Medicare becomes available on July 1, 1966, and Group Health Cooperative begins accepting older patients.

  • By HistoryLink Staff
  • Posted 1/11/2006
  • Essay 7606
On July 1, 1966, Medicare becomes available following the signing of the Medicare Act into law by President Lyndon B. Johnson. The new law begins a revolution in health care, but its compromises result in a system that institutionalizes fee-for-service care. This in turn will spur chronic increases in health-care costs, since the system, instead of controlling costs, pays physicians' "usual and customary" fees, which inevitably begin rising. Institutions with an incentive to keep down costs like Group Health Cooperative (where service is provided based on advance payments, not fee for service), are at a disadvantage. Nevertheless, Group Health advocated the reform, works to improve it, and begins accepting Medicare patients.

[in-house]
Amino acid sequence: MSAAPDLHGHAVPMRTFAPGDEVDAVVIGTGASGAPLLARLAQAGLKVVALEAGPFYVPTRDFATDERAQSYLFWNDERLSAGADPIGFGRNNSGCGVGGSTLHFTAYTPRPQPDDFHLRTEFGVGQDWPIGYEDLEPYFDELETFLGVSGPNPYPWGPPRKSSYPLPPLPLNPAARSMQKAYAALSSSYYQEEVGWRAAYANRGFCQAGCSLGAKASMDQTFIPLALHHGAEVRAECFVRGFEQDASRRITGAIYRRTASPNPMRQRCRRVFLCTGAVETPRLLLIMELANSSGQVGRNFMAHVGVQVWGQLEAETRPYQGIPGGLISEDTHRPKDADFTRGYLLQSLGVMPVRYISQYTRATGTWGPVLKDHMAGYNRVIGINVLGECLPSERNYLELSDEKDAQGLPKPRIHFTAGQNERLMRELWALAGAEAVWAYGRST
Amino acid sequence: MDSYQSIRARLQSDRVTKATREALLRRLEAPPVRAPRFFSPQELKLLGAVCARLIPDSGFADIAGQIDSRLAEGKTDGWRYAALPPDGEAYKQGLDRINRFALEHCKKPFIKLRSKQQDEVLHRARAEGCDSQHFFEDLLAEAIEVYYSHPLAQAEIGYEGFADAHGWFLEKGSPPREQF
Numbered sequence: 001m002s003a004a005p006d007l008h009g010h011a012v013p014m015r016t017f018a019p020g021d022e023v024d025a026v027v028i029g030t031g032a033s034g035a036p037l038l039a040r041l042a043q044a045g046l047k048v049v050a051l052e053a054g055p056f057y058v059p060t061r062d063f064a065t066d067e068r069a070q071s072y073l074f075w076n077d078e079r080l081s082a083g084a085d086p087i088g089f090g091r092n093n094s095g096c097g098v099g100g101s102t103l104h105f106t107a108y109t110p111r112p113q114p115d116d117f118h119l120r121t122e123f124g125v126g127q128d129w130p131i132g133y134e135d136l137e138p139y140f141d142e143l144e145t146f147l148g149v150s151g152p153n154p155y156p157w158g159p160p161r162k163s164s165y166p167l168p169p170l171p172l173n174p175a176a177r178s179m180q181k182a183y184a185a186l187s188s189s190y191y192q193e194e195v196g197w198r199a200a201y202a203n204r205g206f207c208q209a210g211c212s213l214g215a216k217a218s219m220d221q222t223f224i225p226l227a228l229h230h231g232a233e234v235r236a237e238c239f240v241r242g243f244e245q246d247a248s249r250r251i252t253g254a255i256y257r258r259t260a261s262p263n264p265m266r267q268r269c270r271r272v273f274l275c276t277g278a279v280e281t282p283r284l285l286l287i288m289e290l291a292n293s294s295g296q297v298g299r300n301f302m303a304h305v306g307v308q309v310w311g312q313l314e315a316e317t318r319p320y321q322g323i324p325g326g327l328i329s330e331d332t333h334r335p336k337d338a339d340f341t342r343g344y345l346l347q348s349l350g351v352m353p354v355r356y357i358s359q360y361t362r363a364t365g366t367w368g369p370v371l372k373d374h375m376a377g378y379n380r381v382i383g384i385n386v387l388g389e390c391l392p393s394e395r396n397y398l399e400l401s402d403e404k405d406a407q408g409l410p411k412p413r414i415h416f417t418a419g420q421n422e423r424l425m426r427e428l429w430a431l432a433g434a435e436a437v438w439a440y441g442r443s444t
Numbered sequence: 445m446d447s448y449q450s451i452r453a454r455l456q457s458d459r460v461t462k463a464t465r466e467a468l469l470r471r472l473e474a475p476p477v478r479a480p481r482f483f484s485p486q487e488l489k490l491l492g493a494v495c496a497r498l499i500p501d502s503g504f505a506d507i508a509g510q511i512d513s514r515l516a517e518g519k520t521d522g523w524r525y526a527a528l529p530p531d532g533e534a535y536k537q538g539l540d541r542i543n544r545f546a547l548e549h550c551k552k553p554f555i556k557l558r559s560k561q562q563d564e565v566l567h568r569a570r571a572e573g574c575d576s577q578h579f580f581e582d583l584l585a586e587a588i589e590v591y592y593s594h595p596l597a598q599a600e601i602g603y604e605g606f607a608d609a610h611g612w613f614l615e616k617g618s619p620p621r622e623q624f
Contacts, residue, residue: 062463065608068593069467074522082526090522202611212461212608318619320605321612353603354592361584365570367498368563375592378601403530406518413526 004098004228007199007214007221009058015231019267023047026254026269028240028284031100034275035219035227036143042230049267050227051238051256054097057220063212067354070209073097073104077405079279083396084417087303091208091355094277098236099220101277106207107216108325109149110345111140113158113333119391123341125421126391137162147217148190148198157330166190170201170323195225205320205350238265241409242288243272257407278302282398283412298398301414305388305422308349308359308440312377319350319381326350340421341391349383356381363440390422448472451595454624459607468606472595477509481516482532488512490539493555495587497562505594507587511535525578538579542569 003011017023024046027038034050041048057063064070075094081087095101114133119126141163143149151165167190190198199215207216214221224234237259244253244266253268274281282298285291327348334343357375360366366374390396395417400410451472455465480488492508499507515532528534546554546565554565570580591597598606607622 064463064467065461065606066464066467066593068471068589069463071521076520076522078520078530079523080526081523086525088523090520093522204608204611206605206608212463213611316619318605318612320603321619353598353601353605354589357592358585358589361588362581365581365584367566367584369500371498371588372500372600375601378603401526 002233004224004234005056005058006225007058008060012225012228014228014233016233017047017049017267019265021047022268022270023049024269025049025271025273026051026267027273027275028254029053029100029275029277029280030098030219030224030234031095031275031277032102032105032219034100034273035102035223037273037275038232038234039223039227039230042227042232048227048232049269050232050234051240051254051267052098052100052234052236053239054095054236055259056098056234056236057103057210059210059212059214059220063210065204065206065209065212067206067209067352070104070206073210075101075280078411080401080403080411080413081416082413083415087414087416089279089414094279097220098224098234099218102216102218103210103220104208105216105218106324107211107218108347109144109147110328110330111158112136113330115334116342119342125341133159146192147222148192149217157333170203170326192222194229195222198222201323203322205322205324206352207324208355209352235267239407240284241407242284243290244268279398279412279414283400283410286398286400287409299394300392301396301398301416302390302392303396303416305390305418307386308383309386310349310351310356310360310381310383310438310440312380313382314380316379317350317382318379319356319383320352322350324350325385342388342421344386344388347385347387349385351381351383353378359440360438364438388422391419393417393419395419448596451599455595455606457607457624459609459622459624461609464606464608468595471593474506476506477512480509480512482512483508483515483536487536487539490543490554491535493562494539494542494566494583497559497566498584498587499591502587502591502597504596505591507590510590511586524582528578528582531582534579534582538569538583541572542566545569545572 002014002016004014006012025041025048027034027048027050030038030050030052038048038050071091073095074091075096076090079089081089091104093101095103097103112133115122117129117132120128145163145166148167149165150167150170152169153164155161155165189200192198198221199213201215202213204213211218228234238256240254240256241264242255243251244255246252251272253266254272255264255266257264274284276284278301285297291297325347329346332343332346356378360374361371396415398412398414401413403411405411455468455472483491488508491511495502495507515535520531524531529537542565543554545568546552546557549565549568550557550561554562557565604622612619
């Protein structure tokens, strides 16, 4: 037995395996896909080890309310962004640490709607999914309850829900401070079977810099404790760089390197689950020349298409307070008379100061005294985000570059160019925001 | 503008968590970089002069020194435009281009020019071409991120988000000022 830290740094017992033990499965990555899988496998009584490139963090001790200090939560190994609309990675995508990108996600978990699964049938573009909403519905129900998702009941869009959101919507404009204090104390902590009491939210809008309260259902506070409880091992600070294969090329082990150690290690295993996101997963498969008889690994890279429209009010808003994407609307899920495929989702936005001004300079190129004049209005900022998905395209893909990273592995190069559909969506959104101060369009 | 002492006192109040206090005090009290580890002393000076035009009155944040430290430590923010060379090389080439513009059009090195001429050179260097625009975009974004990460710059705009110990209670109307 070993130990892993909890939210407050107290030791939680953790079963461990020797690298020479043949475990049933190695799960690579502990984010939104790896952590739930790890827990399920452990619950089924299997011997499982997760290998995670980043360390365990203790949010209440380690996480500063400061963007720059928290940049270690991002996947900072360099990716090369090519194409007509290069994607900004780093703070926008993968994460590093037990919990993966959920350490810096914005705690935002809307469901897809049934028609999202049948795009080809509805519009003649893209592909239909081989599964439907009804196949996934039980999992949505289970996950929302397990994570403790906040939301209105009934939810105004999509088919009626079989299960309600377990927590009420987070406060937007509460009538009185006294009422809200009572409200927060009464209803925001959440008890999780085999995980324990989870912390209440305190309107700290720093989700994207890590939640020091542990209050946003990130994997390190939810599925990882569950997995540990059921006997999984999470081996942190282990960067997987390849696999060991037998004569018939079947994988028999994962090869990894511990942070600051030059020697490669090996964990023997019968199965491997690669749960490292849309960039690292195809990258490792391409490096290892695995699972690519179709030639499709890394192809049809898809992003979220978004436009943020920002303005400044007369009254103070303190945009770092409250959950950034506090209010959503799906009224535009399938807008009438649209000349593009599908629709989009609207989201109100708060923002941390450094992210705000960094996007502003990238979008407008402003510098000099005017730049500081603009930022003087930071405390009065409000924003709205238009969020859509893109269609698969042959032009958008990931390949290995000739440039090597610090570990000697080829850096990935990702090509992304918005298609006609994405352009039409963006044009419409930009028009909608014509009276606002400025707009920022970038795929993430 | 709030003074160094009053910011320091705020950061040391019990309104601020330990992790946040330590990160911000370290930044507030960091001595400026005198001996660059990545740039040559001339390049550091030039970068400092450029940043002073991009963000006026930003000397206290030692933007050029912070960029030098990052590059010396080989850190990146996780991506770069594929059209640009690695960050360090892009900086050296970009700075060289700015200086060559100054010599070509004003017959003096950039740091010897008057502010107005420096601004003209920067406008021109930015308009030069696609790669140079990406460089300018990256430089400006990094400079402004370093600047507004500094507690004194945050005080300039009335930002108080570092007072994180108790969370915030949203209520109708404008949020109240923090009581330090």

The bill signed by President Johnson on July 31, 1965, offered the public a "three-layered cake" of health reform baked in the oven of congressional compromise. Part A of Medicare covered hospitalization and some extended care costs on a reimbursement basis through compulsory insurance paid by workers through Social Security. Part B was a partially subsidized, voluntary program to cover physician care. The legislation also established Medicaid, which expanded federal aid to finance health care for the poor through state-administered programs.

Early in 1966, the Group Health Board of Trustees adopted a Part B plan offering Medicare participants full Group Health Coverage for $6 a month. Until this time, Group Health Cooperative admitted to membership only people under 60 years of age. Now the board amended the membership agreement to admit members over the age of 65. Not until 1980 did Group Health admit members between 60 and 65.

Sources: Walt Crowley, To Serve the Greatest Number: A History of Group Health Cooperative of Seattle (Seattle: GHC/University of Washington Press, 1995), 105, 120-122.

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